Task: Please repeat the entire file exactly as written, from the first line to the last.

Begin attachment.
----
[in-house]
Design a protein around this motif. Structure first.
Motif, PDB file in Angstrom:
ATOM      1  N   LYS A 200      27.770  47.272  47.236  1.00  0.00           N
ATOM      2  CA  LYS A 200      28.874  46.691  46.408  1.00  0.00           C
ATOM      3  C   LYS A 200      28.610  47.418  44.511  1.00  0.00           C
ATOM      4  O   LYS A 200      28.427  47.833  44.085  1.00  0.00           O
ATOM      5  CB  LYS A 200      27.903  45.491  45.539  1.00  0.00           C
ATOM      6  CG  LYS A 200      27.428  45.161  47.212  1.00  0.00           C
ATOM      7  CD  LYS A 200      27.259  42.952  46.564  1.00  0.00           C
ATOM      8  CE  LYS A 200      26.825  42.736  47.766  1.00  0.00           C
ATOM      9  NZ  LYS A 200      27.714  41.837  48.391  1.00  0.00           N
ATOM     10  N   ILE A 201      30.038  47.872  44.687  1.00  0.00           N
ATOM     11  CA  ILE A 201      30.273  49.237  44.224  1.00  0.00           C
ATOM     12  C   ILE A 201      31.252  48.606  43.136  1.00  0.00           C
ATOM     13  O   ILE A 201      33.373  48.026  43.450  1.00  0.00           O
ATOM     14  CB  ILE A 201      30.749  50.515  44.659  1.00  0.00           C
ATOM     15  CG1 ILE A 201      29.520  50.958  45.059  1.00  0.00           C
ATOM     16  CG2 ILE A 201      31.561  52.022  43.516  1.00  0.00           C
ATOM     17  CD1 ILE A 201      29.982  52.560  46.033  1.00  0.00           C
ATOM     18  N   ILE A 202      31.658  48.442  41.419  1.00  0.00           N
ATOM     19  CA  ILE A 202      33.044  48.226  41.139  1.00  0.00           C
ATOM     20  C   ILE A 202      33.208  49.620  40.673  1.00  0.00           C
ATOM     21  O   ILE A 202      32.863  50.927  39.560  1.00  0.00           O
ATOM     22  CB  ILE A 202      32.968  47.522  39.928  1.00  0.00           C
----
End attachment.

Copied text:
[in-house]
Design a protein around this motif. Structure first.
Motif, PDB file in Angstrom:
ATOM      1  N   LYS A 200      27.770  47.272  47.236  1.00  0.00           N
ATOM      2  CA  LYS A 200      28.874  46.691  46.408  1.00  0.00           C
ATOM      3  C   LYS A 200      28.610  47.418  44.511  1.00  0.00           C
ATOM      4  O   LYS A 200      28.427  47.833  44.085  1.00  0.00           O
ATOM      5  CB  LYS A 200      27.903  45.491  45.539  1.00  0.00           C
ATOM      6  CG  LYS A 200      27.428  45.161  47.212  1.00  0.00           C
ATOM      7  CD  LYS A 200      27.259  42.952  46.564  1.00  0.00           C
ATOM      8  CE  LYS A 200      26.825  42.736  47.766  1.00  0.00           C
ATOM      9  NZ  LYS A 200      27.714  41.837  48.391  1.00  0.00           N
ATOM     10  N   ILE A 201      30.038  47.872  44.687  1.00  0.00           N
ATOM     11  CA  ILE A 201      30.273  49.237  44.224  1.00  0.00           C
ATOM     12  C   ILE A 201      31.252  48.606  43.136  1.00  0.00           C
ATOM     13  O   ILE A 201      33.373  48.026  43.450  1.00  0.00           O
ATOM     14  CB  ILE A 201      30.749  50.515  44.659  1.00  0.00           C
ATOM     15  CG1 ILE A 201      29.520  50.958  45.059  1.00  0.00           C
ATOM     16  CG2 ILE A 201      31.561  52.022  43.516  1.00  0.00           C
ATOM     17  CD1 ILE A 201      29.982  52.560  46.033  1.00  0.00           C
ATOM     18  N   ILE A 202      31.658  48.442  41.419  1.00  0.00           N
ATOM     19  CA  ILE A 202      33.044  48.226  41.139  1.00  0.00           C
ATOM     20  C   ILE A 202      33.208  49.620  40.673  1.00  0.00           C
ATOM     21  O   ILE A 202      32.863  50.927  39.560  1.00  0.00           O
ATOM     22  CB  ILE A 202      32.968  47.522  39.928  1.00  0.00           C